Accutane is a medication used for treatment of nodular acne. This retinoid is used, as a rule, after treatment with antibiotics and topical medications has failed to relieve the symptoms of acne. Nodular acne is developed by a bacterium variety (Propionibacterium acnes) that normally lives on our skin and feeds on the oil, produced by oil glands of the skin.
When oil glands start producing more oil (like during adolescence), this bacterium grows and spreads. The body starts producing enzyme to fight this it. In the result, nodular acne is formed on the spots where enzyme accumulates. Accutane targets the very root of the problem, the oil glands, making them produce less oil for the Propionibacterium acnes bacterium to feed on.
You cannot use Accutane, if you have such conditions as liver disease, diabetes, asthma, an eating disorder, osteoporosis or some other bone disorder, heart disease, an intestinal disorder (inflammatory bowel disease, uncreative colitis, or Crohn’s disease), a personal or family history of depression or mental illness, and also if you are allergic to isotretinoin or parabens. You should not use Accutane, if you are pregnant/ plan to become pregnant or nursing a baby. The medication, even in one single dose, can severely affect the baby’s eyes, heart, brain, face or ears.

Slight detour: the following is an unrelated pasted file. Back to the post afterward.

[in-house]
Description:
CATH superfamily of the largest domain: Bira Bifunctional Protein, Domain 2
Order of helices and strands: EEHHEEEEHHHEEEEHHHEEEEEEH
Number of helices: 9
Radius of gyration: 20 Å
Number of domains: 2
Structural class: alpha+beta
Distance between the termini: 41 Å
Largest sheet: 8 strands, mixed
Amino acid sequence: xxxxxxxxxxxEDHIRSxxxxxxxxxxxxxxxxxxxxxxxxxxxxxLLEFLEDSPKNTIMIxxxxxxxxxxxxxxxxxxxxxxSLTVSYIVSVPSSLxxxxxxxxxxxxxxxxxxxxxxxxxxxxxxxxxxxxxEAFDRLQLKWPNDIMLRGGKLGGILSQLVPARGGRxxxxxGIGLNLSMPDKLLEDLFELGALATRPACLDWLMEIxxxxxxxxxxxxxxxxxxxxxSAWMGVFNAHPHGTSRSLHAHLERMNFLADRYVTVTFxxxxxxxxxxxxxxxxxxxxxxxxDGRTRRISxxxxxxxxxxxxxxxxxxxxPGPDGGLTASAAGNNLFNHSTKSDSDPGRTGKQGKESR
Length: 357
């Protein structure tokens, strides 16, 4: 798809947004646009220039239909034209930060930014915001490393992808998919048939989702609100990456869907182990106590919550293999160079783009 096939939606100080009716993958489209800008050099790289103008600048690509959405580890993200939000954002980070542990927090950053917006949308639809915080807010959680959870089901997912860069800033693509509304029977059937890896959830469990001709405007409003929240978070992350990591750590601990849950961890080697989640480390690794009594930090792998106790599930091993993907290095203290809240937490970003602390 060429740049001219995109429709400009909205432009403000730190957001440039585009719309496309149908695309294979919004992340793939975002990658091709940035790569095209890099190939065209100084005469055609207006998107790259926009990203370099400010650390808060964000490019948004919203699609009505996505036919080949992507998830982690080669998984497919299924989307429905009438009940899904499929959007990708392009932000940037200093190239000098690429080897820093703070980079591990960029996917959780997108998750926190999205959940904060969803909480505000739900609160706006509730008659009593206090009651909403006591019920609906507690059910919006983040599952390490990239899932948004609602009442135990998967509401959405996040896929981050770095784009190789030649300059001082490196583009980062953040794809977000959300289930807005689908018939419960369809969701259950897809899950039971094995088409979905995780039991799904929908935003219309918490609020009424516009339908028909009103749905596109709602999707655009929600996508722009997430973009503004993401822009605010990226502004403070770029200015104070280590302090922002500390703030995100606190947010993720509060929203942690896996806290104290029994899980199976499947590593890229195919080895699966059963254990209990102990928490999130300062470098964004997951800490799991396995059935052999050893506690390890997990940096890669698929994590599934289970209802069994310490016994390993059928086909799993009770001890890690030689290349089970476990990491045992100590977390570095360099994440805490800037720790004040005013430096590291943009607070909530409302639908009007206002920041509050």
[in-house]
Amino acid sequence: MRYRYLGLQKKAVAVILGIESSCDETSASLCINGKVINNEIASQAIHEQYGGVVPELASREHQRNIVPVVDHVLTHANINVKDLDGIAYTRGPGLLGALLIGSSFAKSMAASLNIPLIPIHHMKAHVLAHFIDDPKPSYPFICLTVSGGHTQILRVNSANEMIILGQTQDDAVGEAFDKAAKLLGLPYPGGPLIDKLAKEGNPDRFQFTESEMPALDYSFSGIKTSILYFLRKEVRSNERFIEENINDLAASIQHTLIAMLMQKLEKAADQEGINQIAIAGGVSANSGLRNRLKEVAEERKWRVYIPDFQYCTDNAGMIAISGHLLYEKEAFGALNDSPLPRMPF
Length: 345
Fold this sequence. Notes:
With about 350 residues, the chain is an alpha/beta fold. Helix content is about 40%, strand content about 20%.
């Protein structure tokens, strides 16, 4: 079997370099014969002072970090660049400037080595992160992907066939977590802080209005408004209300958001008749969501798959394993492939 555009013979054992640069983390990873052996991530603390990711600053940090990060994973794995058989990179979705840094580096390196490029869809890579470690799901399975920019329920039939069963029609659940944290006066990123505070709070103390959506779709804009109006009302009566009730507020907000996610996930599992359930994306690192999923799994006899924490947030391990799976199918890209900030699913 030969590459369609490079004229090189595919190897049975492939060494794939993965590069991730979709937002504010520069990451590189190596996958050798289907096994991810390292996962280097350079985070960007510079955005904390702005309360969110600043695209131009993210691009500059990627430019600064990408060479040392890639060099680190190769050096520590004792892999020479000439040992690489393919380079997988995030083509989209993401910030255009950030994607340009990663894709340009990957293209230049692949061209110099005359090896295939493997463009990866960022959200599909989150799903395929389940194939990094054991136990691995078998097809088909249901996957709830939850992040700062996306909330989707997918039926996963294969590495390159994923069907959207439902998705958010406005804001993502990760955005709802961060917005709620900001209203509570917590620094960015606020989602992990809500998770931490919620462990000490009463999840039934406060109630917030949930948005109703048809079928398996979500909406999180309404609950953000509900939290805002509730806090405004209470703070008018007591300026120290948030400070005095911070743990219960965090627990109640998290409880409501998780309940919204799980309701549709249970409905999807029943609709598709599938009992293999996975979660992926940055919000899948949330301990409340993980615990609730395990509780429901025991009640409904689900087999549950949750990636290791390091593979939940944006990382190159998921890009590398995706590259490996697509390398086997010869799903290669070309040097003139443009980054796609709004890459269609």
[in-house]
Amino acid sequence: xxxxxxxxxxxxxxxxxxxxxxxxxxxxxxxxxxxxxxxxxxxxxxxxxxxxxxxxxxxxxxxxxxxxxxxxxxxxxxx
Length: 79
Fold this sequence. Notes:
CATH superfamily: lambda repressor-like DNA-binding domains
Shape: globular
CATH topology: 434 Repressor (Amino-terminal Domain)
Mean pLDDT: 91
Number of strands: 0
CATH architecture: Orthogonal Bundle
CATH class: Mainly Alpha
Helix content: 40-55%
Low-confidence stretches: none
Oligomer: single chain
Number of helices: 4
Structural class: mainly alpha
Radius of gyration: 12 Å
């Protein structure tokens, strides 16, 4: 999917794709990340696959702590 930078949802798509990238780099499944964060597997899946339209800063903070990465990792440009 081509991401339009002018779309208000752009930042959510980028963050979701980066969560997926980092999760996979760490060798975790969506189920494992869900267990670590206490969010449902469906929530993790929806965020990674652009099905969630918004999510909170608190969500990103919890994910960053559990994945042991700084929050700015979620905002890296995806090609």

While using Accutane take no steroids, no supplements containing vitamin A, seizure medications, tetracycline antibiotics, and avoid UV rays. The medication makes your skin more sensitive and UV rays, even in small doses, may cause sunburns. Take Accutane in doses and for the period as prescribed by your doctor. Usually a treatment course starts with a low dose and lasts 16 to 20 weeks. Your doctor may find it necessary to increase your dose after several weeks of therapy. Swallow the capsules without chewing, with a lot of water. For a short while, in the beginning of treatment with Accutane, your acne may become worse, but soon the situation will start steadily improving.